When I Am Cait, the new series documenting Caitlyn Jenner's journey to live life openly as a transgender woman, premieres on E! this Sunday at 8/7c, there will undoubtedly be a significant number of people who refuse to watch it for a variety of reasons (some of them more troubling than others). But anyone who's determined to avoid the show as part of a general policy to boycott the Kardashians should consider giving it a chance.
Full disclosure: It's an understatement to say that I dislike the Kardashian clan and all they represent. "Loathe" would not be an unfair word to use. Despite working for TVGuide.com, I've successfully avoided watching even a single episode of Keeping Up with the Kardashians. As much as I am happy for Caitlyn in her personal journey, admire her public coming-out, and believe this is a watershed moment for trans rights, it doesn't change the fact that I am, at best, skeptical about any form of entertainment that involves this family. (My conviction was only strengthened when I read the Vanity Fair article about Caitlyn and learned that her sons will not be participating in I Am Cait because they believe it will be a KUWTK-like circus.)
But, while I won't be seeking out back episodes of Kourtney and Khloe Take Miami any time soon, I have to admit that I Am Cait (or at least the premiere episode) won me over.
The marketing executives at E! have insisted that I Am Cait be positioned as a "docuseries" - the implication being that this is not just another reality show, aka television's version of junk food. And it's true that the show's premiere does seem as though it's infused with a greater purpose. The opening scene features Caitlyn, unable to sleep at 4:30 a.m., wrestling with "spinning thoughts" about the number of trans people who are murdered or commit suicide every year.
Of course, reality TV tropes are still present. Apparently Jenner's mother, Esther, seeing Caitlyn for the first time isn't dramatic enough on its own. Ominous music plays as Esther's walk to the front door is dragged out to an excruciating length (as a result of editing, not her age). And, of course, there's a commercial break just before she enters the house. But hey, you can't blame the network for finding a winning formula and sticking to it.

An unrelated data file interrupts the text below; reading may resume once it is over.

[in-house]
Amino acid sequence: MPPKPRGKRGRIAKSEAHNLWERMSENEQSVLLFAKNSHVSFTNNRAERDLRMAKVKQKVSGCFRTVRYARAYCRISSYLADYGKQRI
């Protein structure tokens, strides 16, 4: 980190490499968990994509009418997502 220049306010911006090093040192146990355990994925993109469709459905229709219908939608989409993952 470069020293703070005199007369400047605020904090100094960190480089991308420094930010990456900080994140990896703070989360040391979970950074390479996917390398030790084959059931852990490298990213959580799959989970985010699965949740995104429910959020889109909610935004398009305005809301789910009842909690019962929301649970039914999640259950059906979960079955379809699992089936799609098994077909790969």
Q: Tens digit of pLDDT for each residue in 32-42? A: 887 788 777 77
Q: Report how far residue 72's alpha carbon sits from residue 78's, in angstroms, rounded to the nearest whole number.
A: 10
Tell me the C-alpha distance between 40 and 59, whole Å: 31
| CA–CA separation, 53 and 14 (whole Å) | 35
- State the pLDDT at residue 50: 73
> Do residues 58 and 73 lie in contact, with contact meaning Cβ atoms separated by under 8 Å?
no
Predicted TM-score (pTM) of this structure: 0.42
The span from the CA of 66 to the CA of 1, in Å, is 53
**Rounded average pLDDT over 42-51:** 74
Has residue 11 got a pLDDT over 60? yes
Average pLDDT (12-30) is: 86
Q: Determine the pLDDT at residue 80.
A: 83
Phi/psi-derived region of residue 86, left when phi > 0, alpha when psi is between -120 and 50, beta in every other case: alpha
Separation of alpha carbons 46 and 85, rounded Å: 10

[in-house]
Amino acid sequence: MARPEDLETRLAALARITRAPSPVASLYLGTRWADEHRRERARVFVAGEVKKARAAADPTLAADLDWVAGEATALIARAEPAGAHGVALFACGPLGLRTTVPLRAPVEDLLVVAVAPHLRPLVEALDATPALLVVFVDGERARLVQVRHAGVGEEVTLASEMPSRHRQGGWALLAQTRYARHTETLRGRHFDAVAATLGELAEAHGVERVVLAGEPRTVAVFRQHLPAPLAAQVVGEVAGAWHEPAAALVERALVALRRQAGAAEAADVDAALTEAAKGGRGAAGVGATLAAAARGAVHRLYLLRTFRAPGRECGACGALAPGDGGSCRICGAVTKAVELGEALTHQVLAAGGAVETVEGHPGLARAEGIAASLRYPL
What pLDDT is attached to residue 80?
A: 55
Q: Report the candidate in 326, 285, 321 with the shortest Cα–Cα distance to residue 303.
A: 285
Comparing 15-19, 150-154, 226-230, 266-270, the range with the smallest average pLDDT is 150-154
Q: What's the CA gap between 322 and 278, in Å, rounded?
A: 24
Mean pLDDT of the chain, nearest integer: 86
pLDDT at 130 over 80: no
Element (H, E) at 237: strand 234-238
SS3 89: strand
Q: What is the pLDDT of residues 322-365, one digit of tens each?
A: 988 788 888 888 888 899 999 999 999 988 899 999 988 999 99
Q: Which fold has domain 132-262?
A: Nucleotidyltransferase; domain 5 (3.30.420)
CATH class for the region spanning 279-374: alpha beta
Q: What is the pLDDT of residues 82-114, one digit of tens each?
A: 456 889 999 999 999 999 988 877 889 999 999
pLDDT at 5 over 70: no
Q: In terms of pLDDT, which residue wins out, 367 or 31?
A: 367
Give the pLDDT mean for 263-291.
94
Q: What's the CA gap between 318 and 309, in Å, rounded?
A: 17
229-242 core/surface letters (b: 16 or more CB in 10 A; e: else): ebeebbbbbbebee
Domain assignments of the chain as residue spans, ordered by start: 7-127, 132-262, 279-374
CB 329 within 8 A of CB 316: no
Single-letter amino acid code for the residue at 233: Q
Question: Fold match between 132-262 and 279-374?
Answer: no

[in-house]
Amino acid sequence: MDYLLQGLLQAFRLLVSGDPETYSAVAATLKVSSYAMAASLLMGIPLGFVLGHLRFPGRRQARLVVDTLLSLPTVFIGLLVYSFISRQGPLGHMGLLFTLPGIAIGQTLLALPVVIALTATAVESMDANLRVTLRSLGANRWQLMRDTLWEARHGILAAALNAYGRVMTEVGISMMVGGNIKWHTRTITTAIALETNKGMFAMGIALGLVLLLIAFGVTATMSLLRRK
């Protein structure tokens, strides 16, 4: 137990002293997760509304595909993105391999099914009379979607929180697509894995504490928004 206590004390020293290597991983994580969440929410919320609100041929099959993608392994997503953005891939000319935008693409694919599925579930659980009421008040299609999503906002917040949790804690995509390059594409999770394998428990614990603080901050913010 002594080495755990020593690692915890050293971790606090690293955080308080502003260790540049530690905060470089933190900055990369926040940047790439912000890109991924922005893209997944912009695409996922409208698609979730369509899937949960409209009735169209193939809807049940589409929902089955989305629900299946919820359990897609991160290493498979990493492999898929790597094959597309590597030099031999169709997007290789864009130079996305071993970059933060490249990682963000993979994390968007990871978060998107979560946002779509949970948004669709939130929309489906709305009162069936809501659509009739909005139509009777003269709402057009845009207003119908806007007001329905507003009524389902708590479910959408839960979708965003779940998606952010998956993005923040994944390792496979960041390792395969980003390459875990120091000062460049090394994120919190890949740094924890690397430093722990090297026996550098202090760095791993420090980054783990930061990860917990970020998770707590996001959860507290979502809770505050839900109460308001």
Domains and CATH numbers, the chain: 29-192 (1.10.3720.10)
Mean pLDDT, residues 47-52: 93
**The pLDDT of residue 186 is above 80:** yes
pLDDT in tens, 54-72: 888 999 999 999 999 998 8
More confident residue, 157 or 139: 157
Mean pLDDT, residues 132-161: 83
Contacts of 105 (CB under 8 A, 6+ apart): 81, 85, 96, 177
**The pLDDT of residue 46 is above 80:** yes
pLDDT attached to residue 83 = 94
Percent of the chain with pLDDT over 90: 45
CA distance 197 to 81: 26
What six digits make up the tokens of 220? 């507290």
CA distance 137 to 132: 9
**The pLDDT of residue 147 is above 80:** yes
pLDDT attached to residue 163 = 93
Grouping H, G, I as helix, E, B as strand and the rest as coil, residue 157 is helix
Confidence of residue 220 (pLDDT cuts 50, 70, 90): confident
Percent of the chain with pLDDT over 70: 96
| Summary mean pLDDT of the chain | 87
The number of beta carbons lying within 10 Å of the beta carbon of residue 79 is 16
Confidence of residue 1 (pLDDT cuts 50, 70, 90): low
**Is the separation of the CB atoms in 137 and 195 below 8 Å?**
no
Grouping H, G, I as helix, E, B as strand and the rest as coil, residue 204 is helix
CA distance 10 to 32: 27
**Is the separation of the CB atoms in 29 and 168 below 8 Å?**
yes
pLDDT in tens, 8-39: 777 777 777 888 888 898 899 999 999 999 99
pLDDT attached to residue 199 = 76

Various members of the Kardashian/Jenner family pop in and out as well, although they mostly stick to the periphery of the main narrative and are, frankly, the least interesting parts of the episode. (Kris Jenner, however, is refreshingly nowhere to be seen.) Kylie Jenner first meets Caitlyn during a FaceTime call after a trip to the dentist, with Kylie still "loopy" from the medication. A visit from Kim Kardashian and Kanye West - wearing a shirt emblazoned with his own face - does little more than highlight West's ridiculousness. Caitlyn also reveals that Rob, Khloe and Kourtney Kardashian were the last of her loved ones to meet Caitlyn. "They keep saying to me, 'We want you to live your life' ... But then they never show up, so you know something else is going on in their head," she says.
Jenner has been criticized by some for entering the trans rights movement from a position of (extreme) privilege, a fact that she addresses head-on within the first five minutes of the premiere. "I have a voice," she notes. "There are so many trans people out there who do not have a voice." Citing the overwhelming show of support she received after coming out on the cover of Vanity Fair, she remarks, "It's not this way for everybody."
But her relatability is most on display when she finds the humor in her situation - and there is, contrary to what some may believe, humor in it. "Bruce was a lot better tennis player than Caitlyn," she notes after flubbing a couple of easy points during a match with her sister.
Perhaps what's most remarkable about I Am Cait is that it allows viewers to empathize as much with Esther and Caitlyn's sisters (one of whom she came out to 30 years ago) as it does with Caitlyn herself. Esther's initial discomfort with Caitlyn clearly doesn't come from a place of bigotry or intolerance, but rather from a mother's realization that the reality of her child's life doesn't match up with her expectations of what it would be. The scenes between them are genuinely touching, and would be educational viewing for anyone harboring personal reservations about trans people. "This will take some getting used to," Esther says at one point, in what is now surely a frontrunner for Understatement of the Year.
With I Am Cait, there's no uncertainty that Caitlyn views herself as being on a mission - both as a representative of the trans community and an advocate for change. The end of the episode sees her going to visit the parents of a 14-year-old trans boy who committed suicide (switching cars twice along the way to evade the ever-present paparazzi), to see what she can do to help the movement. It's a reminder of the middle-of-the-night diary that kicks off the episode, in which Caitlyn voices her concerns about how she'll handle the responsibility that comes with her new platform.
"We don't want people dying. We don't want people murdered over this," she laments. "I just hope I get it right. I hope I get it right."
I Am Cait premieres Sunday at 8/7c on E!. Will you watch?